Friday, August 17, 2012

Do we need gadgets to check the quality of Nature’s services?


This water drinking app (see below) is a great idea, where you check to see if there are any drinking advisories on Canadian drinking water, but it’s got to run shivers down your spine.

Have we become so inured to poor water quality through the shifting baseline syndrome of industrial pollution that we need to check an app on our Smartphone before we drink any municipality’s water?

Back in the day, we would just come to a stream and drink the water, just turn on the tap and drink.

Now, because pollution is so ever-present, it becomes a good idea to check advisories immediately before we drink the water or, even swim in the water.

And few see the alarm in this state of our existence because most of us have grown up where water quality has been questionable in our lifetimes (because of past industrial practices) that it seems normal. Sadly, it probably is.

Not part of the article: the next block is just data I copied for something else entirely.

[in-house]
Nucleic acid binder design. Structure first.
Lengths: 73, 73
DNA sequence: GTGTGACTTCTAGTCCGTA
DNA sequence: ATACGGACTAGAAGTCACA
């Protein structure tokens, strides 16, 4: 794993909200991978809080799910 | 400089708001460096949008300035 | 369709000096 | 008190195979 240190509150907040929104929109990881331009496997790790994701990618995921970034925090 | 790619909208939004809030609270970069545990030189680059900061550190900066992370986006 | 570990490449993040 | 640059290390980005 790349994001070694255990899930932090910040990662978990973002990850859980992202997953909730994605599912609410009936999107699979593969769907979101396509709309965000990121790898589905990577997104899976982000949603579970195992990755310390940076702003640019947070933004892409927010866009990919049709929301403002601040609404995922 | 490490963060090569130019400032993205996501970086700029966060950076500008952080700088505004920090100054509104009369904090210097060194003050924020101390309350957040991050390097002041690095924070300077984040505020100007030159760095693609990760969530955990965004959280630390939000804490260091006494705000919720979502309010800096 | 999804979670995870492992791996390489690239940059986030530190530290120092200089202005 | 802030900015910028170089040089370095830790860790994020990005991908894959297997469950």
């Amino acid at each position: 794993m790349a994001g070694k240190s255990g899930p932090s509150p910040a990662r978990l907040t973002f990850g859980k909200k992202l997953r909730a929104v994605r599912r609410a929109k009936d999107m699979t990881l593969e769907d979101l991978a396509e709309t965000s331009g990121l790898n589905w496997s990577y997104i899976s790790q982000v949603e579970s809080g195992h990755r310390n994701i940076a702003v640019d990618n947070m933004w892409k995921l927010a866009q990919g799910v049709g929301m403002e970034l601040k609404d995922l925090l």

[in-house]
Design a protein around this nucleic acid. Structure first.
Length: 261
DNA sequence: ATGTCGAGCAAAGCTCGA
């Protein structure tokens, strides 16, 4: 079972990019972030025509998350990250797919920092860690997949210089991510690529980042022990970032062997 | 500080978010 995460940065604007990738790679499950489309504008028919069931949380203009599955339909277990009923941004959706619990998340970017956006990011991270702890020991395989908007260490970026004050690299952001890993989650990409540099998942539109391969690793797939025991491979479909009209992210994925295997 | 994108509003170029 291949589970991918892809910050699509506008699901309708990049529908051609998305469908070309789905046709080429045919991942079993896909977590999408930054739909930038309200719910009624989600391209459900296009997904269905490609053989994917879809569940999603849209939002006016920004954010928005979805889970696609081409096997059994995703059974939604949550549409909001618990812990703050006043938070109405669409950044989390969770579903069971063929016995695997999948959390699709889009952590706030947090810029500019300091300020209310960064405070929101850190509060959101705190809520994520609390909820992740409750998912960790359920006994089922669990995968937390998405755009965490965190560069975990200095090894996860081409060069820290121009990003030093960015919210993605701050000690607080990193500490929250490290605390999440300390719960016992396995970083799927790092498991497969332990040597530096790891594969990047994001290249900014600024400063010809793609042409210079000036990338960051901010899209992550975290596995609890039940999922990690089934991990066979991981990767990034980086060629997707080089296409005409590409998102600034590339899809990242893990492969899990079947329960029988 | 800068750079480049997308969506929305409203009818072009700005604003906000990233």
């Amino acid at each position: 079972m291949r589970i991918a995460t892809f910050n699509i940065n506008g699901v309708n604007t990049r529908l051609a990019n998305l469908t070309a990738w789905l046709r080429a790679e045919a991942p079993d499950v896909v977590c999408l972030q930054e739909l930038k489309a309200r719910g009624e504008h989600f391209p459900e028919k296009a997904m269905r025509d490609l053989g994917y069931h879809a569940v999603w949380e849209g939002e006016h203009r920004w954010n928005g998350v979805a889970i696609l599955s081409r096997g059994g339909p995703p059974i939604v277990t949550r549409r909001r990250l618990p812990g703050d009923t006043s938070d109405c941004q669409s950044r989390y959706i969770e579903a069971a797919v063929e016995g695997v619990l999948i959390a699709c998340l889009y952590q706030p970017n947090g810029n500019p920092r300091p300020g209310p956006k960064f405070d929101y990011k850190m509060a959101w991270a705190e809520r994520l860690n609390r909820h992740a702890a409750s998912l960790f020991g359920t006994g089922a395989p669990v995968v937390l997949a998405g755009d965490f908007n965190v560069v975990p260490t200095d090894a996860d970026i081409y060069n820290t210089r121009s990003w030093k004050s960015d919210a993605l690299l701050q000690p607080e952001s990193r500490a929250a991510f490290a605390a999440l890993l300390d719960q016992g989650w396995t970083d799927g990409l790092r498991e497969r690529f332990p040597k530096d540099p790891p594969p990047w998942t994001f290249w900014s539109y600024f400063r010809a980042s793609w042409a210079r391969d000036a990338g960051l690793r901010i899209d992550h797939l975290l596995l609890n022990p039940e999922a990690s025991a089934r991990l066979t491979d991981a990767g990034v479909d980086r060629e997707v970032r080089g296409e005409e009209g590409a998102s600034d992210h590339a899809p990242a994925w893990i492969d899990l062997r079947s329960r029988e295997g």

Sadly, we’ll all probably need more and more apps to check and see if those ecosystem services nature provided for us (an absolutely absurd way to view Nature, as if Nature was just another company) have been contaminated by us because we’re blind to our affect on our environment because we created an economic system that is blind to the environmental damage it incurs—until of course we can catch a polluting corporation and take them to court. (And in the US we are possibly electing a new president whose political party thinks environmental regulations are keeping corporations from people giving people jobs.)

We are so in denial about our environmental health:

Introducing the Waterkeeper Drink Guide "The Waterkeeper Drink Guide is a smartphone app that shows you current Canadian drinking water advisories. Using a sortable list or map view, you can quickly and easily identify communities across Canada where there are concerns about the quality of the drinking water. There are four types of drinking water advisories in the Waterkeeper Drink Guide. These advisories are updated daily by The Water Chronicles, based on information from official government sources: Boil Water Blue-Green Algae Water Shortage Do Not Consume. " Lake Ontario Waterkeeper

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